Daniel Larison objects to my attempt to narrow the meaning of “hawk”:
If the hawk label doesn’t refer in general to those advocating for aggressive and militarized policies, I’m not sure what it could mean. When I refer to Syria hawks, I mean those people calling for increased arms supplies to the opposition or military action against the Syrian government. Syria hawks obviously don’t include all hawks, and they may not even include all neoconservatives, but as a shorthand I don’t know how else we would describe them. The most accurate alternative I can think of is interventionist, but I don’t see why hawk shouldn’t be used to describe supporters of aggressive policies in Syria, Iran, or anywhere else.
I guess I think there’s some value in distinguishing people who, when he sees an enemy, believes he must be crushed less he wreak terrible harm upon us, and the kind of plumed-helmeted Mrs. Jellyby eager to interpose American might between the world’s victims and their victimizers, wherever they may be, or the kind of fellow who simply can’t stand the thought that anything is happening anywhere without his being in charge of the situation. All are frequently styled hawks, I admit, but I think distinguishing between them terminologically would be useful if it could be accomplished.
The “hawk/dove” dichotomy, in my mind, should properly refer to threats and one’s preferred response. The hawk sees a given threat as large and growing, and is prepared to take strenuous measures, including the use of violence, to meet the threat. That can be literal, if we’re talking about hawks in a foreign policy context, or figurative, if we’re talking about “deficit hawks” or “drug war hawks” or what-have-you. Doves either don’t see the threat as large or growing or are unprepared to take strenuous measures, or to contemplate violence, to meet the threat.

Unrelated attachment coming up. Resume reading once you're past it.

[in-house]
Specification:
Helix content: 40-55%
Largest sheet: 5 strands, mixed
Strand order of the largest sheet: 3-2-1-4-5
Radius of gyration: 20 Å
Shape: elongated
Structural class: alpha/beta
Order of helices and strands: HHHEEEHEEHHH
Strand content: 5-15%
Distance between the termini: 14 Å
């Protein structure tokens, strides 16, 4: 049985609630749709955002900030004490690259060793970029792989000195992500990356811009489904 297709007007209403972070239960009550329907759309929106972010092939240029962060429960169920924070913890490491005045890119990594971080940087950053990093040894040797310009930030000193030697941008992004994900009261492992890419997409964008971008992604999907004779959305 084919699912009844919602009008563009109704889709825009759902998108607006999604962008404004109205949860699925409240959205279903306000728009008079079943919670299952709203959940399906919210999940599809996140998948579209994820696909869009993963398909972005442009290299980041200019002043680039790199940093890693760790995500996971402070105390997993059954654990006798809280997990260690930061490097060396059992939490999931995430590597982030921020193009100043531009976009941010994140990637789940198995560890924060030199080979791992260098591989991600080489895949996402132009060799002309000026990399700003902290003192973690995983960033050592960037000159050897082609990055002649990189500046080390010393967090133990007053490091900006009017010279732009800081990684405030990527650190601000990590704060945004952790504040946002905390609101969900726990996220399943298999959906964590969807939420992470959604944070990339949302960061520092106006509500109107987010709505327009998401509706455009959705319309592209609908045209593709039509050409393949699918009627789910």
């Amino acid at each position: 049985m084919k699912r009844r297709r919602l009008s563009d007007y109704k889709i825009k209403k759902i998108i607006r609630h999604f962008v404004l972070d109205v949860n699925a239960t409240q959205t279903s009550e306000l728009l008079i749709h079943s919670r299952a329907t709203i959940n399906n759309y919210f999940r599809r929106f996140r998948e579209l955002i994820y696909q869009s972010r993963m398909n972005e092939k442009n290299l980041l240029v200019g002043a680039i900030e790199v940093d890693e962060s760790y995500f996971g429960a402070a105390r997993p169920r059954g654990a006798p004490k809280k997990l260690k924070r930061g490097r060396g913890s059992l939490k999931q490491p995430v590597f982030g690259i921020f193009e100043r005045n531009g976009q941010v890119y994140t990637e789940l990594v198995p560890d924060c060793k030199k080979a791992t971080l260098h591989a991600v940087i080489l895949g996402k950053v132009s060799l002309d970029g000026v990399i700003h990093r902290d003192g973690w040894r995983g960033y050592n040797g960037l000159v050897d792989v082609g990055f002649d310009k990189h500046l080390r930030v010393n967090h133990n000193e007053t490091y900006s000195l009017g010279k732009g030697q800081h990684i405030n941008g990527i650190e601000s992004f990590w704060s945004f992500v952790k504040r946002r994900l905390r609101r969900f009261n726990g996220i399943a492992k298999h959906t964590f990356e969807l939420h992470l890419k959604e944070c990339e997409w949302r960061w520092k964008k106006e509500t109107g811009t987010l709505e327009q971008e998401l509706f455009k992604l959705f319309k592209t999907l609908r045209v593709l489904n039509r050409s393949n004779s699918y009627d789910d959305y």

The primary policy debate about Iran, for example, makes sense to frame in terms of hawks and doves. The hawk would argue that military action against Iran will likely prove – or has already proved – necessary to prevent the unacceptable threat of an Iranian nuclear weapon, and that we must prepare for such action now so that we are not surprised by events. The dove would disagree, either arguing that the evidence of an Iranian nuclear program is poor, or that a nuclear-armed Iran, while undesirable, is tolerable, or that military action would prove counter-productive as a response, or that there is a real possibility of peaceful resolution of our differences. Whatever. Personally, I’m something of an Iran dove, but I recognize the hawk/dove divide as the appropriate framing for the discussion, and I understand the hawk’s arguments in their own terms.
But with Syria, it is much less clear what a “hawk” means, in my understanding of the word, because it is far from clear what the threat is, or whether, indeed, there is an enemy. The chief argument on the part of advocates for Syrian intervention is that if we don’t do something, events will take a course beyond our control. Perhaps Assad will win; perhaps the rebels will win, but will resent us for not helping them; perhaps the war will drag on and spread to neighboring countries; perhaps Syria will fall apart entirely with parts of the country being taken over by terrorists; and whatever happens, thousands, even tens of thousands more people will die. War is proposed not to counter a specific threat, but to assert control over a chaotic situation. The enemy is the unknown itself.